This book transcends genre. To call it a mystery or a detective novel or a thriller is too restrictive. This is a book that will appeal to readers who want more than just a clever plot or a likeable protagonist. This book has those qualities, but also has lyrical, insightful, honest writing that insures that you will be thinking about this book and these people for a long, long time. There is a twist that will knock you on your arse, and then just as you stumble to your feet, the second twist will knock you back down again. It’s ok though because you will probably need a few minutes of staring at the ceiling, letting these revelations unravel what you thought was true and start a new strand of understanding.

The buzz is going to grow as more and more readers discover this book, so put a kettle on, put out a plate of cookies, and let yourself become part of the buzz.

If you wish to see more of my most recent book and movie reviews, visit
I also have a Facebook blogger page at:

View all my reviews

HHhH by Laurent Binet

HHhHHHhH by Laurent Binet
My rating: 4 of 5 stars

”This is what I think: inventing a character in order to understand historical facts is like fabricating evidence. Or rather, in the words of my brother-in-law, with whom I’ve discussed all this: It’s like planting false proof at a crime scene where the floor is already strewn with incriminating evidence.

 photo heydrich_zpsfyy8klq1.jpg
I don’t know how to describe him any other way except that he has a punchable face.

This is a book with a plot ensnared in the arduous process of conceiving a historical novel. Laurent Binet is writing about the assassination of the Nazi Reinhard Heydrich and the men who killed him in Prague. Binet shares with us the concerns he has with taking too many liberties with what is known truth and what are his reasonable speculations. Was Heydrich riding in a forest green car or was it black? Does it matter?

His girlfriend Natacha reads the chapters as he writes them. She is involved in the process to call him to task whenever he breaks one of his own rules about writing historical fiction. ”When she reaches the second sentence, she exclaims: ‘What do you mean, “the blood rises to his cheeks and he feels his brain swell inside his skull”? You’re making it up!’”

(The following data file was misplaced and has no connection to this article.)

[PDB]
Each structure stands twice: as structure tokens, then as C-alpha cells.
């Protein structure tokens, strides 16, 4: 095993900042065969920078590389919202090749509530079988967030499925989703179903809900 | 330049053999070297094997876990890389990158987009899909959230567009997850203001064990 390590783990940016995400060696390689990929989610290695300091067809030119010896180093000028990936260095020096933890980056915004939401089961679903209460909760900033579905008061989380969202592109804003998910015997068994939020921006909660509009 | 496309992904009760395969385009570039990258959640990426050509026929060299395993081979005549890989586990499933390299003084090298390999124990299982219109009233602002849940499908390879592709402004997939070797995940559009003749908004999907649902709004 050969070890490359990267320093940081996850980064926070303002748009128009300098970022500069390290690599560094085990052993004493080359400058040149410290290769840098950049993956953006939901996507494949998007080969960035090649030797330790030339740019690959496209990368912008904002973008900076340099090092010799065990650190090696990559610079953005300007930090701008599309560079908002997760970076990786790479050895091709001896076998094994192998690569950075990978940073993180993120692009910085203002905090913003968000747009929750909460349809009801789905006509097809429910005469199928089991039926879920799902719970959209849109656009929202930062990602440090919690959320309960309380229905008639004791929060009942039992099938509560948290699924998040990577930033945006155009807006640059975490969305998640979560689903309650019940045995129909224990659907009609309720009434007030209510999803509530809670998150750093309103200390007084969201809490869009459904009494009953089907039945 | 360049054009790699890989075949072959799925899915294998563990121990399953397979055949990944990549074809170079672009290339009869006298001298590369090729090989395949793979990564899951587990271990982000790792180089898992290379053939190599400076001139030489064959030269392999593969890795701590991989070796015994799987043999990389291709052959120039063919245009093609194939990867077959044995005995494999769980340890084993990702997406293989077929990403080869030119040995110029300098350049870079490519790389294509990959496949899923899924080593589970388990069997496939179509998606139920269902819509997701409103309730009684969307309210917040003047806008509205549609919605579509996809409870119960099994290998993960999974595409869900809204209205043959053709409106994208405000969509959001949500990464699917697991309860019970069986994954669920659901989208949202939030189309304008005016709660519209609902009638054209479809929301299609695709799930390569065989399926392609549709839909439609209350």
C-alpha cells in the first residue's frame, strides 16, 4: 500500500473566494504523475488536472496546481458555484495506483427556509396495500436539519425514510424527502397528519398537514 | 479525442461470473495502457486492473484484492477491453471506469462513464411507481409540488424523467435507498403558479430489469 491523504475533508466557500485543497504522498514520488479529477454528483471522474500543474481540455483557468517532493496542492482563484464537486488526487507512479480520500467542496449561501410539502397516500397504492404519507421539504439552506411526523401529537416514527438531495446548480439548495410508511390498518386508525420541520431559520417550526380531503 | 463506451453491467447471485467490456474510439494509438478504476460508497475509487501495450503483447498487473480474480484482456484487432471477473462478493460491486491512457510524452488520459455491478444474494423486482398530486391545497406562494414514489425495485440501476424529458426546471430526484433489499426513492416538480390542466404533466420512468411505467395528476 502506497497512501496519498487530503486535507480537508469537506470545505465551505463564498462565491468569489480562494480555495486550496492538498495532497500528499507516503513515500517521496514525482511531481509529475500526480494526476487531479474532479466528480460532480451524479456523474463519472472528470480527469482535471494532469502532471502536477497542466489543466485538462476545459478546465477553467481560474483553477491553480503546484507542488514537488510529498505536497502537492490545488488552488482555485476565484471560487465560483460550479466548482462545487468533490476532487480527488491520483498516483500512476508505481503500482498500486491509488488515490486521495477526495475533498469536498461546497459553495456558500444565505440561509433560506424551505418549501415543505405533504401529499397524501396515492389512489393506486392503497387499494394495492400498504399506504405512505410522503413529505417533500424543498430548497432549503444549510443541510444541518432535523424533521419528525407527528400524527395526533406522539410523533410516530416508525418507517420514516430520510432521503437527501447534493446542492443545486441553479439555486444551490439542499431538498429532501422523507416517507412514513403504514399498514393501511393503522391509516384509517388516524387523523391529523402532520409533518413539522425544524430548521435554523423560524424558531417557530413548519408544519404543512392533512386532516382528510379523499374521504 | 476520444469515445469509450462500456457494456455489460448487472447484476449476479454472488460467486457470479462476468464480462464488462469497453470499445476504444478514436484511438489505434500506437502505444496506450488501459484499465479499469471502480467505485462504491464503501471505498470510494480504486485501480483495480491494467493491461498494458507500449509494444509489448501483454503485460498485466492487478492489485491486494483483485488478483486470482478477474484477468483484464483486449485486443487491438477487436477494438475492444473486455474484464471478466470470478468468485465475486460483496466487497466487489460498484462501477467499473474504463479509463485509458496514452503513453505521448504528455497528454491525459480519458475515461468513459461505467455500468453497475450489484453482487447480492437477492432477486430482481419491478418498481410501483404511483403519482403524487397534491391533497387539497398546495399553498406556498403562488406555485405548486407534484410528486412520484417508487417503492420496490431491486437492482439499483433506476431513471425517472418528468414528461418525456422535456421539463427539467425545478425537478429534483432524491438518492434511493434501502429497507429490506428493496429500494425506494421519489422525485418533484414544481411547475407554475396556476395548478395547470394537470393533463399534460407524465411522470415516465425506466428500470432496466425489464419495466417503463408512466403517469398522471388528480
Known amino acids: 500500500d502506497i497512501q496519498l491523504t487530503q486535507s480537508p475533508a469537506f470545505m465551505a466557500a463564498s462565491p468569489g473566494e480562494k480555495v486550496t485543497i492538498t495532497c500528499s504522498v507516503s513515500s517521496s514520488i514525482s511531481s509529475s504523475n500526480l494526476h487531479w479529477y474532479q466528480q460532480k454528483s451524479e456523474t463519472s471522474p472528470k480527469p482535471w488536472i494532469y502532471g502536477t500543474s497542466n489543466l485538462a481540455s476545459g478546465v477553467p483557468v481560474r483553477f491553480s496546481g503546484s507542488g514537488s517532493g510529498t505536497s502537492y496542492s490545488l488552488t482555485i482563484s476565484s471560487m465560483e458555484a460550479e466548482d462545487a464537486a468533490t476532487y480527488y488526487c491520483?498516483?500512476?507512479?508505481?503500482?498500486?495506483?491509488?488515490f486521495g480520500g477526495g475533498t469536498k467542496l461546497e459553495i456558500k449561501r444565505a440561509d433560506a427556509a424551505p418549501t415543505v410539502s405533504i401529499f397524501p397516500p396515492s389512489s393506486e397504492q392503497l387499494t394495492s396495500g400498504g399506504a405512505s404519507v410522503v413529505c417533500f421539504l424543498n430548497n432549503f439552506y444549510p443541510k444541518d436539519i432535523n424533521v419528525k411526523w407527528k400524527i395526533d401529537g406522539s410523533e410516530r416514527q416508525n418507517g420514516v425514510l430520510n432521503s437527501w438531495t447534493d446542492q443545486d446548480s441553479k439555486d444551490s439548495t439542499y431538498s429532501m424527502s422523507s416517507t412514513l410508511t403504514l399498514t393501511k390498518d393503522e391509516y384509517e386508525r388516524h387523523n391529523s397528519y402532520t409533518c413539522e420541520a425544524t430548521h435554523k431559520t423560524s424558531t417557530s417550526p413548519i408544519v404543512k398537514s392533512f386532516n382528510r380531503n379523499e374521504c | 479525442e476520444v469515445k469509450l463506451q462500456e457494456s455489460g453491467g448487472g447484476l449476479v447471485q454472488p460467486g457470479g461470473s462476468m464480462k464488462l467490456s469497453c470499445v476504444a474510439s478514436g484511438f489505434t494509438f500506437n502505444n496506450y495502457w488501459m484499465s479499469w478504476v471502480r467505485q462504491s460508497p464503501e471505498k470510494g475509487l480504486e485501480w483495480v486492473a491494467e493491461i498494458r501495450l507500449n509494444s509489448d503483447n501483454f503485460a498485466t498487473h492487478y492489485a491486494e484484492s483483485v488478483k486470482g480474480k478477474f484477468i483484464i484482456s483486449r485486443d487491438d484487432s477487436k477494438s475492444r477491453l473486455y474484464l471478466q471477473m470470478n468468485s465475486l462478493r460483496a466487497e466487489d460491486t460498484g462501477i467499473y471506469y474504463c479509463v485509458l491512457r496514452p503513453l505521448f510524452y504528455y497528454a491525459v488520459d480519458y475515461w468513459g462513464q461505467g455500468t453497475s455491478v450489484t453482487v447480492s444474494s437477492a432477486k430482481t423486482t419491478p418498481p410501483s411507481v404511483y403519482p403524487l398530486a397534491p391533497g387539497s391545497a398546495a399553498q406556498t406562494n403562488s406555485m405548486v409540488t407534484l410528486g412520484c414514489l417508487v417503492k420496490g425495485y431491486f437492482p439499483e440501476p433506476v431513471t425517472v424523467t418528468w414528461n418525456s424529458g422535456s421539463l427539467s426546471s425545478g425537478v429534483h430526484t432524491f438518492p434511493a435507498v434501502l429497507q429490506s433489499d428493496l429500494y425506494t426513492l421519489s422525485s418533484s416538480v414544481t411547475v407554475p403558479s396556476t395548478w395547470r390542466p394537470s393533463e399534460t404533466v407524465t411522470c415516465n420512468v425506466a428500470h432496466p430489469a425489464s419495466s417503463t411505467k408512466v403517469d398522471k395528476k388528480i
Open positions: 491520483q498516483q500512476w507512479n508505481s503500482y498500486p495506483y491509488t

He sheepishly deletes the line, but then later in the day he puts it back in because every other line he tries to replace it with lacks... precision. Oscar Wilde has that famous quote regarding this exact predicament: “I was working on the proof of one of my poems all the morning, and took out a comma. In the afternoon I put it back again.”

Of course, Binet doesn’t know exactly how Heydrich may have reacted to a piece of bad news, but he does know that, given what he has read about him, more than likely anger, dark consuming anger, is the only way that someone, especially as disturbed and self-absorbed as Heydrich, could react. He was picked on as a child. He was called ‘the goat’ due to his appearance and his awkward sounding voice. The anger against humanity could have begun there. The question is, did his childish tormentors create him or did they sense on some feral level that he was going to be the architect of something evil? No one could have guessed the magnitude of the holocaust that he was going to unleash. He acquired many more nicknames once he found his home in the Nazi party: ”the Hangman, the butcher, the Blond Beast, and---this one given by Adolf Hitler himself---the Man with the Iron heart.”

The Nazi party attracted the outcasts, the angry, the perverted, and the brilliantly demented. They were men who wanted to have power over people and dreamed up creative ways to hurt them, but even among them, Hitler had to look for a man cold and calloused enough to exterminate legions.

Reinhard Heydrich was the perfect man for the job.

I want to return for a moment to Binet’s struggles with speculating about Heydrich’s physical reaction to a particular piece of bad news. Nonfiction in many ways fails to tell the truth by the very process of stripping away all the elements that are not known. We know that things are discussed, but usually those dialogues are not recorded for posterity. A good writer will read everything he can find on a historical person he plans to use in a novel. She will read everything she can find about the period. He will read letters and diaries to glean bits and pieces of information that will lend more authenticity to his novel. She will know the type of pen that was in the hand of a letter writer or the shapes of stains on the walls of a prison cell or the color of frilly underwear a mistress wore for her German lover.